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1965 UK Vox Continental;1967 Gibson G101 organ; 1954 Hammond B2; Leslie 21H; Leslie 31H; 1974 Rhodes Mark I Stage 73; 1972 Rhodes Sparkletop Piano Bass; 1978 Hohner Clavinet D6; 1968 Hohner Pianet N II; 1966 Wurlitzer 140B; 1980 Moog Minimoog Model D; 1977 Fender Twin Reverb; Vox AC30CC2X amp.
(See the collection: https://vintagerockkeyboards.com/ )

Offline guizmo

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Re: Key recap? what do you think?
« Reply #14 on: February 19, 2018, 01:21:09 PM »
Hello guys !

I post here because the last step on my wurli's restoration is the keys.
They are a bit yellowed but not too much, and there are some scratches, 2 burn spots and 2 key edges are a bit broken.

So, I want to whiten the keys and fix the broken or burned parts.

I've done some researches and here's my conclusions :

### For the color

- I don't want to recap the keys, I want to keep it all original if possible, and 59/64 are perfect.
- I want to do a retr0bright, because I'll not have to sand the keys : I've sanded my rhodes keys and it's time consuming, it's difficult to have the keys very flat... but it works, see on attachement.

### For the scratches/holes/burn spots

I've seen this video, https://www.youtube.com/watch?v=JZGuwlpmNL4 and the guy is using a kind of resin, it's exactly what I need, do you know what is it ?

### Polishing

I'd like to polish the keys to erase the micro-scratches and make the keys shine...
I'd like to know, the rotating speed and the paste color...

Thank you ;)

Offline jam88

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Re: Key recap? what do you think?
« Reply #15 on: February 19, 2018, 07:53:55 PM »
The page in adcurtain's link seems to have expired, but there is an instructive Wikipedia page at:  https://en.wikipedia.org/wiki/Retr0bright   

The last Wurly I did, I brightened the keys using what I had around the house. First by rubbing the keys longwise with a paste of Zud on a piece of old terrycloth towel. This whitened them and really got the crud off, without really removing material. (If you haven't used it, Zud is a scouring cleaner with fine abrasive and oxalic acid.) Then I polished them using DuPont White Polishing Compound.

Question: Does anyone have an foolproof way to remove the finger stains from the bare wood on the sides of the keys?

I totally agree with steveo about replacing keytops. I replaced keytops on a piano back in the 70's, and vowed I'd never do it again.
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Offline guizmo

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Re: Key recap? what do you think?
« Reply #16 on: February 20, 2018, 04:56:39 AM »
THank you Jam !

I’ve seen the retr0bright wiki page and a ton of YouTube video. (I suggest this YouTube channel : 8-Bit Guy, you surely know him, he’s a vintage computer and console collector, and this guy has a ton of techniques and tips to repair, clean, retrobrights...).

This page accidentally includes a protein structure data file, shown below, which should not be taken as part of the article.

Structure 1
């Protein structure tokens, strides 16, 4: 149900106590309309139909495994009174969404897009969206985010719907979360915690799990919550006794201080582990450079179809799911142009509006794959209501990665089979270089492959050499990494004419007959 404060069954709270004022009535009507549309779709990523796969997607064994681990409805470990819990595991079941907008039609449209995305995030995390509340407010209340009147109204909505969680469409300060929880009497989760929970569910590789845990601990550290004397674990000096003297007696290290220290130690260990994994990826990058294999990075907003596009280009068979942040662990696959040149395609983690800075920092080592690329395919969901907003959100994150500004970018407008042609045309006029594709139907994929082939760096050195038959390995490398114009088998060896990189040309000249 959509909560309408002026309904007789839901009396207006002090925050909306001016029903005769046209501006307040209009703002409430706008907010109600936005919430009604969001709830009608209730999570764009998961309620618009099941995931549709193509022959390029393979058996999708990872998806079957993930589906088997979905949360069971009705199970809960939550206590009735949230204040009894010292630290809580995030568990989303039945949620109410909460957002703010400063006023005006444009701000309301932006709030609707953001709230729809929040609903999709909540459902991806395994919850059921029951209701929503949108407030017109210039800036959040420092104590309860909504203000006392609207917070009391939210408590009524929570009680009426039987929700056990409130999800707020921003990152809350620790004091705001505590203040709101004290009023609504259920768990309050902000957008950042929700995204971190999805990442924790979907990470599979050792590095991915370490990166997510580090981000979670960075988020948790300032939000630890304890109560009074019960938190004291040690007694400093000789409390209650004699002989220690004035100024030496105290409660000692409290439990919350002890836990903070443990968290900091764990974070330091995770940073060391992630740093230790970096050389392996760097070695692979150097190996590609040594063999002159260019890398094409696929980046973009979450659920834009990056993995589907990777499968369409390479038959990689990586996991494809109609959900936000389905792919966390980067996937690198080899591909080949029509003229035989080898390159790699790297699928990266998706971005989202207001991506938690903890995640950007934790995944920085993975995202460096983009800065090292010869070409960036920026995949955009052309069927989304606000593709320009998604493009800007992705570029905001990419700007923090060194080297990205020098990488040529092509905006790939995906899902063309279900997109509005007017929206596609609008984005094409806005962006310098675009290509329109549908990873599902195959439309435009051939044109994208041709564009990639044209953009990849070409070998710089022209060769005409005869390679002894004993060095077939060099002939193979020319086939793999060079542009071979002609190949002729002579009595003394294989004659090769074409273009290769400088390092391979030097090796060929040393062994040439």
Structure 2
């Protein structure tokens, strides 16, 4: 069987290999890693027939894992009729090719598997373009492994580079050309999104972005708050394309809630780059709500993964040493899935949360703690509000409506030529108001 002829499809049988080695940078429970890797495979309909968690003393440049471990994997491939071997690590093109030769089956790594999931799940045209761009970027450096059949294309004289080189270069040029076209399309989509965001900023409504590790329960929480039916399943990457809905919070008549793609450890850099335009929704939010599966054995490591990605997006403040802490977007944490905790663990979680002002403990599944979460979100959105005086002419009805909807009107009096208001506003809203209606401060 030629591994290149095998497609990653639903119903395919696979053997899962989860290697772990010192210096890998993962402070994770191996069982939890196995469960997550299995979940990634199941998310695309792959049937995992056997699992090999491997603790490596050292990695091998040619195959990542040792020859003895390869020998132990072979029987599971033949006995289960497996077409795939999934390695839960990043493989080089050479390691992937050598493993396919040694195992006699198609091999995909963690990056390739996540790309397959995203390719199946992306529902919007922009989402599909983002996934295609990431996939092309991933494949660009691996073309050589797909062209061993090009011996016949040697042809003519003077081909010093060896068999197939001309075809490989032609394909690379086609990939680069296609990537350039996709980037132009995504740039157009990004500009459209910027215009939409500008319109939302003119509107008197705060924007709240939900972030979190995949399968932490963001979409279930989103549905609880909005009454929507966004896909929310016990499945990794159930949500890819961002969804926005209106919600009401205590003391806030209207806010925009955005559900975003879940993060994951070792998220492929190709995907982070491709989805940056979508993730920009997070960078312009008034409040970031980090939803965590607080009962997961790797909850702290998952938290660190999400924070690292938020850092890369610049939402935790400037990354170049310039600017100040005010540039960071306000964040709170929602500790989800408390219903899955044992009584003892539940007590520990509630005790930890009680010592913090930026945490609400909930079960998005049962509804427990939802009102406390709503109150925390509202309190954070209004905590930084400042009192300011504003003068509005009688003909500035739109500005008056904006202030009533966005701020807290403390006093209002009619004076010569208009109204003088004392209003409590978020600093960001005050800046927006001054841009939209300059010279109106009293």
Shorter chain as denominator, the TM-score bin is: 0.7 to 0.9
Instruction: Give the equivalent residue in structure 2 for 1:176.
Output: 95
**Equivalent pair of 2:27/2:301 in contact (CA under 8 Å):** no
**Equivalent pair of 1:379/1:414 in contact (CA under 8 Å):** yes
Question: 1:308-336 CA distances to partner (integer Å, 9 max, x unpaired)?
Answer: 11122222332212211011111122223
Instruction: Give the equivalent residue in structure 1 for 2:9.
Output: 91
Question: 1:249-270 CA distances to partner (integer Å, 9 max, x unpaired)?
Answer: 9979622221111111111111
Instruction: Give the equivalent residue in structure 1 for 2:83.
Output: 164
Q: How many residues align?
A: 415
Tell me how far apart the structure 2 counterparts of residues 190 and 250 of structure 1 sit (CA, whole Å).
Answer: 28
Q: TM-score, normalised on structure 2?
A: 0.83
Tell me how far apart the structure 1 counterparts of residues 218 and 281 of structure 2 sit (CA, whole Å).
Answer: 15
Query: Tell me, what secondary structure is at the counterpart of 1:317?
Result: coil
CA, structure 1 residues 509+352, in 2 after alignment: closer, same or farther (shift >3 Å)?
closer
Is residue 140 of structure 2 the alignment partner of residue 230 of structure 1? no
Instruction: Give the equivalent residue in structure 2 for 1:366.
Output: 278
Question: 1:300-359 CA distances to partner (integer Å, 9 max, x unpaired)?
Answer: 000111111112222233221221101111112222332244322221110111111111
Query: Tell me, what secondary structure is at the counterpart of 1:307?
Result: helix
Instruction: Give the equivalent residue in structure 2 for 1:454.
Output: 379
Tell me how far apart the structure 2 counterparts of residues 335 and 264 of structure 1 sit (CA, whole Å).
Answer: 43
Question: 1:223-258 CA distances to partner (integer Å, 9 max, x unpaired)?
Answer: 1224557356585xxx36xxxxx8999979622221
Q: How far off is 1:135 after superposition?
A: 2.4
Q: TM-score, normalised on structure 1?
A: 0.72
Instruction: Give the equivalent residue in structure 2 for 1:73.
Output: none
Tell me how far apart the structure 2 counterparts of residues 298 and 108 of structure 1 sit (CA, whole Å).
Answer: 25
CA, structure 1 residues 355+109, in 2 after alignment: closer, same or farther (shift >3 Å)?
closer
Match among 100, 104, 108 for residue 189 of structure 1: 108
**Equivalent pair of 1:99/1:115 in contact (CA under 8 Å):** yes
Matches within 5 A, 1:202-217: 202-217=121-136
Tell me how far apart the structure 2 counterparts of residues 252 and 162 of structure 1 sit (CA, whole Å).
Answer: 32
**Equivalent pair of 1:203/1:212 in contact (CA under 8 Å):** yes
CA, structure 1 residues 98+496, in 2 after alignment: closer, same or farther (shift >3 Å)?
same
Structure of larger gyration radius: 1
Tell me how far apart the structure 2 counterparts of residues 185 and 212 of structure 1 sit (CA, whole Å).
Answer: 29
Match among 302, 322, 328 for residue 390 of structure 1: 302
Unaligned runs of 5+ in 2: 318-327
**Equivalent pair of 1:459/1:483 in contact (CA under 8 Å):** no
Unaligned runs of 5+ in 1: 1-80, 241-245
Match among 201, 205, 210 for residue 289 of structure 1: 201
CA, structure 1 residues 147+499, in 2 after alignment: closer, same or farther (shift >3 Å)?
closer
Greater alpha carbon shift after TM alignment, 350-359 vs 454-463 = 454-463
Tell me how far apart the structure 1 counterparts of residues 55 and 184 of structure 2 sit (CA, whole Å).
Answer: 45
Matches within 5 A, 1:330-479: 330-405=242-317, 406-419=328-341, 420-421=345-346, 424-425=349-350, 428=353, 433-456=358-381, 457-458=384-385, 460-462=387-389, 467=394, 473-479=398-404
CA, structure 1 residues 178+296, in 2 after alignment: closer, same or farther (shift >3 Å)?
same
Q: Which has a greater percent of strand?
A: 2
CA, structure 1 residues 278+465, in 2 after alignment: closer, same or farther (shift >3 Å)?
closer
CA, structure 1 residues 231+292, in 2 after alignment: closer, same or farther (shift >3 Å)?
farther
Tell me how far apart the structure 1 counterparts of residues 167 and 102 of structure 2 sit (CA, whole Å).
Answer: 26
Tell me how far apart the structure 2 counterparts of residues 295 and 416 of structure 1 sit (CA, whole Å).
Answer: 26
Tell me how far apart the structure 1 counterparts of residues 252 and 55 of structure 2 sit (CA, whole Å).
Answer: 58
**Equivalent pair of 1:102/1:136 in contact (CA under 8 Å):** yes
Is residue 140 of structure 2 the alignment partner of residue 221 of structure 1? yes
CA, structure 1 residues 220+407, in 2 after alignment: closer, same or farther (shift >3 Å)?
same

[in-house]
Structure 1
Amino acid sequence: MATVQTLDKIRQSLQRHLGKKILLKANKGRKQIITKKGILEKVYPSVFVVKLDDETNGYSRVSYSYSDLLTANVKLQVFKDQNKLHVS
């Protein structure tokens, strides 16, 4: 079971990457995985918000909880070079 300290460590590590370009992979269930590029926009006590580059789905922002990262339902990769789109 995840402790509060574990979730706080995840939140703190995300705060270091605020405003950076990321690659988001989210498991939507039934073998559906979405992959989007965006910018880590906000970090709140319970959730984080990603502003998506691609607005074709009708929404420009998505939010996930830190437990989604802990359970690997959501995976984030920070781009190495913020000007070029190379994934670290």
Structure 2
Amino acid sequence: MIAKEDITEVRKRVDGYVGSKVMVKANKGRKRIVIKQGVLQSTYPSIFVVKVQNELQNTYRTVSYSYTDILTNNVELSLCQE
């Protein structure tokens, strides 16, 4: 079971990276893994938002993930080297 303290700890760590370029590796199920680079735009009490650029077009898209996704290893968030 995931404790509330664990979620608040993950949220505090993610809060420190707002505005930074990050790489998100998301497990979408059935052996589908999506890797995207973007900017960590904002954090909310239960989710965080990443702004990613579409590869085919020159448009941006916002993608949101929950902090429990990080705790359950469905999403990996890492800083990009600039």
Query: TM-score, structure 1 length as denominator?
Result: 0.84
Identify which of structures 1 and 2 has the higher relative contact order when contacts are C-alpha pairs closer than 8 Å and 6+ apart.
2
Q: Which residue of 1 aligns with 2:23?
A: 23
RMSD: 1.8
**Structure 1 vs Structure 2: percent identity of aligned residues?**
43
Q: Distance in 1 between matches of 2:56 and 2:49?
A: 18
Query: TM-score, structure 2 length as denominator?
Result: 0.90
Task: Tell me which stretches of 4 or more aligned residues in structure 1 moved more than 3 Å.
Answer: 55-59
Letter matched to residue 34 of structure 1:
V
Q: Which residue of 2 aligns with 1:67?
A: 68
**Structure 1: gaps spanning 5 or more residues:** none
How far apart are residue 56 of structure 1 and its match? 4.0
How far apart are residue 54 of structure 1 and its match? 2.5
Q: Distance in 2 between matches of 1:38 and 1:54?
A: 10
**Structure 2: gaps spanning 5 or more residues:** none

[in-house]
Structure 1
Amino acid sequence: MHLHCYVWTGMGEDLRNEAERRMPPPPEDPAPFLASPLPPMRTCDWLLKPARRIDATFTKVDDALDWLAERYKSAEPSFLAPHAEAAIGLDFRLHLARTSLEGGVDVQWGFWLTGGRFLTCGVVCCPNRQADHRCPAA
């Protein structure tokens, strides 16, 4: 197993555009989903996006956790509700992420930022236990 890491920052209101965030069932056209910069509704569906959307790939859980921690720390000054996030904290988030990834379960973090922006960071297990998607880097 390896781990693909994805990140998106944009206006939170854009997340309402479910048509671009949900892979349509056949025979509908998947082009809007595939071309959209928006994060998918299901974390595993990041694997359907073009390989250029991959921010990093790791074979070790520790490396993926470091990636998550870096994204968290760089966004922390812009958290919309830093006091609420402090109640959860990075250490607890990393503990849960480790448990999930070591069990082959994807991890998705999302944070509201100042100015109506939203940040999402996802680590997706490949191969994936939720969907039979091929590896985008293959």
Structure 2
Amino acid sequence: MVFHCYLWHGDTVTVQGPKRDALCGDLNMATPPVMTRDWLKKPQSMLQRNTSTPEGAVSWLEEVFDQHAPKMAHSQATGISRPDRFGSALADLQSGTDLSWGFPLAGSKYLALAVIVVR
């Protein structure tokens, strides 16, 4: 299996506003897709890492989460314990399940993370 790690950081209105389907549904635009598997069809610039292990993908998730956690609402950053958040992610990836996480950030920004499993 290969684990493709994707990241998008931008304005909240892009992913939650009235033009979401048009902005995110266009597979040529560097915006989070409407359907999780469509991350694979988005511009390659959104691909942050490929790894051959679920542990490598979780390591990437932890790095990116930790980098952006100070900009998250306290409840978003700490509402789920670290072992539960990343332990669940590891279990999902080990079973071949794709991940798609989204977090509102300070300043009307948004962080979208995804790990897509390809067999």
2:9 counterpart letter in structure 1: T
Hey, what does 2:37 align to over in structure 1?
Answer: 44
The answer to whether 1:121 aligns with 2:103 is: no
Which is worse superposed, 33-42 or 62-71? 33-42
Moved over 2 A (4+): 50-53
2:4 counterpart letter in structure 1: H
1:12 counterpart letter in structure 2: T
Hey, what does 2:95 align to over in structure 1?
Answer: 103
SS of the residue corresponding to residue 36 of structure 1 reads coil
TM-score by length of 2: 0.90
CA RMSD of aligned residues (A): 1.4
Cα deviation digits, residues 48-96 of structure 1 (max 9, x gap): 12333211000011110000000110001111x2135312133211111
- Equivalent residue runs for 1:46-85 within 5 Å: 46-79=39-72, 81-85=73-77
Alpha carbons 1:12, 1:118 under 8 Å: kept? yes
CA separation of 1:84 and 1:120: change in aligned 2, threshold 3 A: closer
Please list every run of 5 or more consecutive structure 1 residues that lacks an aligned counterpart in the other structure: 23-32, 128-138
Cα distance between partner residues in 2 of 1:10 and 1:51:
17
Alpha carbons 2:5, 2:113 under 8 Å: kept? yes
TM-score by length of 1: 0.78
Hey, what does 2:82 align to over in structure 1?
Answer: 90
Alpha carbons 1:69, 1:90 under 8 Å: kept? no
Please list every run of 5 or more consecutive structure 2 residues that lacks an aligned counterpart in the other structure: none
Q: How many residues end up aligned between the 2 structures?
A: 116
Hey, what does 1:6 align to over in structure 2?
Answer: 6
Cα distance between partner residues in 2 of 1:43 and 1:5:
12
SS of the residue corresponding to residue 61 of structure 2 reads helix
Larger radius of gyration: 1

I have all the stuff to do it, I’m just waiting for a power sun.
I’ll use the polishing technique but only to make the keys shine.

What I understand is that there is not a miracle process, many polish products works ? As you used products you had in your house.

I asked the guy from the YouTube video I posted and he replies me! The « resin » he used is AcryliKey, and he told me that is sold only to professionals.. Have you guys already used it?

Offline Tim Hodges

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Re: Key recap? what do you think?
« Reply #17 on: February 20, 2018, 05:21:46 AM »
I've seen a fair few number of people whiten their synth keys using retrobright and a UV lamp (or just left outside in the sun for a day)

It mentions in that Wiki page:

Quote
Hydrogen peroxide-based hair bleaching creams available at beauty supply stores can also be used as a ready-made mix.

Certain beauty salon products that are primarily composed of hydrogen peroxide can also be used as an alternative to Retr0bright, as it has been discovered to be almost identical in effect, and already "creamy" so that it can be applied less wastefully to yellowed plastics (especially large devices such as computer panels or monitors). This eliminates the difficulty of having to put together a batch directly from the instructions.

When I come across a set of yellowed keys I'm going to give it a go.
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Offline guizmo

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Re: Key recap? what do you think?
« Reply #18 on: February 20, 2018, 05:28:40 AM »
Ive already bought this hydrogène peroxyde cream on beauty store, and I’ll try the process this week if it’s sunny. I’ll try on a old Roland MC500 sequencer that is very yellow first! I’ll post some pictures.

Offline Electrickey

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Re: Key recap? what do you think?
« Reply #19 on: February 20, 2018, 11:20:33 AM »